Brexit talks are progressing with "momentum", Britain's Brexit Minister said after meeting his EU counterpart, despite warnings from Europe that a deal is still some way off.
After talks in Brussels with EU chief negotiator Michel Barnier, Stephen Barclay said there was a "shared sense of purpose" to reach an agreement and avoid Britain crashing out of the EU without a divorce deal.
Britain is racing toward its 31 October departure without an exit agreement and faces the threat of economic disruption that the government admits could cause food shortages and spark civil unrest.
Mr Barclay and Mr Barnier discussed three papers submitted by London with ideas on replacing the backstop provisions in the Brexit deal struck last year but rejected by British MPs.
"There is significant work still to do but there are serious discussions that are taking place," Mr Barclay said after the talks.
"We are moving forward with momentum, talks will continue next week between the technical teams."
But the European Commission, which leads Brexit talks for the remaining 27 member states, gave a more sober assessment, stressing that the British papers amounted to no more than "a first set of concepts, principles and ideas".
Mr Barnier said: "Brexit is a school of patience but we are still ready to reach an agreement.
"You ask me if I am optimistic or pessimistic .... the famous grandfather of the EU, Jean Monnet, said 'I am not optimistic, I am not pessimistic, I am still determined'," he said.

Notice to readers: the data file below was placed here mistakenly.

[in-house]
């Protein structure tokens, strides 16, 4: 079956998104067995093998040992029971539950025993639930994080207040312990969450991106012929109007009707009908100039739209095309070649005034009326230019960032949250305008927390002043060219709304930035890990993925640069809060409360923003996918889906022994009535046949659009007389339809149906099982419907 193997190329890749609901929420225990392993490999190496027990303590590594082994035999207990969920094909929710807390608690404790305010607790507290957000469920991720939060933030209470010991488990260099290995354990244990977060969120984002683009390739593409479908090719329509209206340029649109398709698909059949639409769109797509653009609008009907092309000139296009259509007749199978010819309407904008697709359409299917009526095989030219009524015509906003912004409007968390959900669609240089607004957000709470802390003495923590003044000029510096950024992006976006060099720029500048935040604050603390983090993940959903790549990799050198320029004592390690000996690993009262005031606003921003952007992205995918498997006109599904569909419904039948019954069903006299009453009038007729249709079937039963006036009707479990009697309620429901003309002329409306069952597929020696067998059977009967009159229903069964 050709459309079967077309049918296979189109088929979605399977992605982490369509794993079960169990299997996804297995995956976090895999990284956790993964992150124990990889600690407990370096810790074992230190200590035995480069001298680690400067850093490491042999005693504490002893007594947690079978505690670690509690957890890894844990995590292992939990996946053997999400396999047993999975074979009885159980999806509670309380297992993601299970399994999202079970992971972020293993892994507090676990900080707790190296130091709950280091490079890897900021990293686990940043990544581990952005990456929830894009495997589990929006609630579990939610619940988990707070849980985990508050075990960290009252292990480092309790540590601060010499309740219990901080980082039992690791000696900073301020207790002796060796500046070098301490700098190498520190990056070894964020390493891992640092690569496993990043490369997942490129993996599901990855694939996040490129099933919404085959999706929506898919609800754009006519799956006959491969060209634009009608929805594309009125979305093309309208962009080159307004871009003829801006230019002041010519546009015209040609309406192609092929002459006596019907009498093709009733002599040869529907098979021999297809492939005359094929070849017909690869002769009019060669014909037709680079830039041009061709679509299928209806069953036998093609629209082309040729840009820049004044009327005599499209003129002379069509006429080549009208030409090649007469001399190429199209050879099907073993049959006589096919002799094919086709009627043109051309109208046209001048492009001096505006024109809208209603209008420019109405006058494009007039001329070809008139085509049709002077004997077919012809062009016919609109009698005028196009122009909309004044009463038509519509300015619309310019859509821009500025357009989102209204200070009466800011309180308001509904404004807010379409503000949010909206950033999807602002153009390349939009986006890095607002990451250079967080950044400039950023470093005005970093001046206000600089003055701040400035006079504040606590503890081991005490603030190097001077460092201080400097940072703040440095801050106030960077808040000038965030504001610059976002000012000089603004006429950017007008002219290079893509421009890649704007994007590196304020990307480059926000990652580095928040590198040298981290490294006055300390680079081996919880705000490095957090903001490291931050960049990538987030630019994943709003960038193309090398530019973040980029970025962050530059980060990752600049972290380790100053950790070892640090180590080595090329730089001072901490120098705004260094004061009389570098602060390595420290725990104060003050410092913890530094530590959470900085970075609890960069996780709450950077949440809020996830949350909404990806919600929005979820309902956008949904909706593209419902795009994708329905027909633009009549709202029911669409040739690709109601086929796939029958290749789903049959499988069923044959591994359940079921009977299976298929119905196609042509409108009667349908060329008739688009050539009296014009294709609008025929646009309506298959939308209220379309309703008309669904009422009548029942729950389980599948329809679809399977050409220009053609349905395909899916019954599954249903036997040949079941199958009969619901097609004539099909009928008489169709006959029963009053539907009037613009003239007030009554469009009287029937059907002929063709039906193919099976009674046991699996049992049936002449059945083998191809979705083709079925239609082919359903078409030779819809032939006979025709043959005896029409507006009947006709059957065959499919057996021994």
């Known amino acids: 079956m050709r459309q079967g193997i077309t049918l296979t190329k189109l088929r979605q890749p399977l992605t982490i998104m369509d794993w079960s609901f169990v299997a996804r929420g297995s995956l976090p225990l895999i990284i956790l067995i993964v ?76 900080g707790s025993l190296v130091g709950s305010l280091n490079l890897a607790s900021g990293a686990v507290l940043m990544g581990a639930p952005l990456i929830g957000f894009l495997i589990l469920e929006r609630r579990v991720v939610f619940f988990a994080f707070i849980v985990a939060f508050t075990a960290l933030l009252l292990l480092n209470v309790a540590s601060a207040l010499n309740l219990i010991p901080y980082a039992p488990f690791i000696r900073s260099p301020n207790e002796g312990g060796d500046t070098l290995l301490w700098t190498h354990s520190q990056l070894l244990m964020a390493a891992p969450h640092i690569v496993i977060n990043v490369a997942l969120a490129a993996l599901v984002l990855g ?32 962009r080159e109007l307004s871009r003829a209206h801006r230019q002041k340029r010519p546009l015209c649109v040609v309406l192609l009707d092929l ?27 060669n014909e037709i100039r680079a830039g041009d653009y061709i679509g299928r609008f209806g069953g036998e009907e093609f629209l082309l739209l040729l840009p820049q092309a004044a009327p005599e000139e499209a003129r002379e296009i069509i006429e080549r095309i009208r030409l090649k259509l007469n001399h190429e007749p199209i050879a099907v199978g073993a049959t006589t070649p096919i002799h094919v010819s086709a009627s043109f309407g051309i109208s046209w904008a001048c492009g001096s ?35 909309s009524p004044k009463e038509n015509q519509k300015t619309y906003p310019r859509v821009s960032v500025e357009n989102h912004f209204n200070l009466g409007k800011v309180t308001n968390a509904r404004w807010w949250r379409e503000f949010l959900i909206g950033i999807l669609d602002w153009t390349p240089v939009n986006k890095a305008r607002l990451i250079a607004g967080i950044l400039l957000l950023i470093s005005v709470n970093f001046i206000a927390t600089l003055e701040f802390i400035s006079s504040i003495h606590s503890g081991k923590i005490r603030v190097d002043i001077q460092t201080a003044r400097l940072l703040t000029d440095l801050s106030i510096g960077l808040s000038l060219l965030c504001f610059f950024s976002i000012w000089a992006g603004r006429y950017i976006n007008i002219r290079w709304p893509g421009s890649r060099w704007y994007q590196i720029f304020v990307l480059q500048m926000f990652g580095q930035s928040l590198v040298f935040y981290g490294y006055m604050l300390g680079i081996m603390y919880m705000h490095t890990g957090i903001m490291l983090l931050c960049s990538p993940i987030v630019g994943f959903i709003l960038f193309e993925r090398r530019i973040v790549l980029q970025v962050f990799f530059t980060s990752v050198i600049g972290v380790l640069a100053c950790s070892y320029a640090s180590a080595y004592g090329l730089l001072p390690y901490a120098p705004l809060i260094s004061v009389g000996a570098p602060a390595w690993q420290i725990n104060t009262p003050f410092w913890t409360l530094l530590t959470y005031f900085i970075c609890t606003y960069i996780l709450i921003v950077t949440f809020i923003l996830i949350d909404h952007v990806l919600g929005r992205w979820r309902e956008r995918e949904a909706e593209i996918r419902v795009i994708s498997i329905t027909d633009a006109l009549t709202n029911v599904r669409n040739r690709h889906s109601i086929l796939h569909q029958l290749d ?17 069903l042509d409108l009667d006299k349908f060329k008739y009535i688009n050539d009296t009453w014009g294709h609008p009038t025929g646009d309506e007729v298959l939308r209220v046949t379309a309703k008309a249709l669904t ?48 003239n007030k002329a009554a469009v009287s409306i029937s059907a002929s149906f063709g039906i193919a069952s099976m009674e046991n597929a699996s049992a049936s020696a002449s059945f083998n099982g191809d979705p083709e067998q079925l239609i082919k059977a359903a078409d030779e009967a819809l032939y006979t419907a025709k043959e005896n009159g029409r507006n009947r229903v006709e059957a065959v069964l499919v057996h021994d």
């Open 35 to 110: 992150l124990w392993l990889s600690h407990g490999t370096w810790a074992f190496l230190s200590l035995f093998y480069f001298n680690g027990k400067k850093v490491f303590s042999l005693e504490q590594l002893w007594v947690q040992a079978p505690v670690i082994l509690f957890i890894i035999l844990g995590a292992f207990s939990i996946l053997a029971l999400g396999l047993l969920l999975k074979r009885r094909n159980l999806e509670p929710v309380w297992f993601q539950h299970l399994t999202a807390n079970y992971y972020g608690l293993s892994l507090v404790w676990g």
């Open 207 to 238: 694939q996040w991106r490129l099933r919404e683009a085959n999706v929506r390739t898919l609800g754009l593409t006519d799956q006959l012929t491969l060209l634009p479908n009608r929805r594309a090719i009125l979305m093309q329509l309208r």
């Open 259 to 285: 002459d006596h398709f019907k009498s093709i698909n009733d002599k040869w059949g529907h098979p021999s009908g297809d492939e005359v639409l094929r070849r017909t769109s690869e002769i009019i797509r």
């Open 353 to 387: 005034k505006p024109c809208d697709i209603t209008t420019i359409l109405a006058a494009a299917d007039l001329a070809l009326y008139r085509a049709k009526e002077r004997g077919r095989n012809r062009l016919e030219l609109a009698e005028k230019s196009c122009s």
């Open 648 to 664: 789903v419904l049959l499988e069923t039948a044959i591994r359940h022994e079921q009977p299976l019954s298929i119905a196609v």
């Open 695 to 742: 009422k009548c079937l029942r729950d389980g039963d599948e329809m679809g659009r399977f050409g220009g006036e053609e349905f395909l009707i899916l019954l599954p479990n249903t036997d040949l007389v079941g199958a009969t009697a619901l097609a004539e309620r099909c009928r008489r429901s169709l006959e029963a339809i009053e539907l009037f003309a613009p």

Mr Barnier said the work on Brexit would continue with "full respect" to the UK "our partner and ally".
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But he added: "The EU will remain vigilant and continue to apply all EU principles and values."
And there was further pessimism from Tánaiste Simon Coveney, who told BBC radio that while the "mood music" around talks had improved, a deal was still "not close" and British proposals so far were inadequate.
British Prime Minister Boris Johnson insists the backstop, which would temporarily keep Britain in the EU's customs union to avoid a hard border in Ireland, is undemocratic and unacceptable to London.
But Britain has so far not come up with an alternative that satisfies Brussels or Dublin, and after today's talks the commission once again called on London to come up with substantial proposals, suggesting the papers submitted fall short of what is required.
"It is essential that there is a fully workable and legally operational solution included in the Withdrawal Agreement," the commission said.
"We remain willing and open to examine any such proposals that meet all the objectives of the backstop."
The commission's emphasis on the need for any alternative plan to fully replicate the backstop goes against Mr Barclay's suggestion in a speech in Madrid this week that such a solution was impossible.
He accused the commission of "seeking a purist, identical result" and suggested the deadline for working out a backstop alternative could be pushed back to December 2020.
The EU has called for a clear alternative well before Mr Johnson attends a potentially decisive leaders' summit in Brussels on 17-18 October.
After a diplomatic push this week which included talks with Commission chief Jean-Claude Juncker in Luxembourg, Mr Johnson will meet with EU Council President Donald Tusk on Monday afternoon on the sidelines of the UN General Assembly in New York.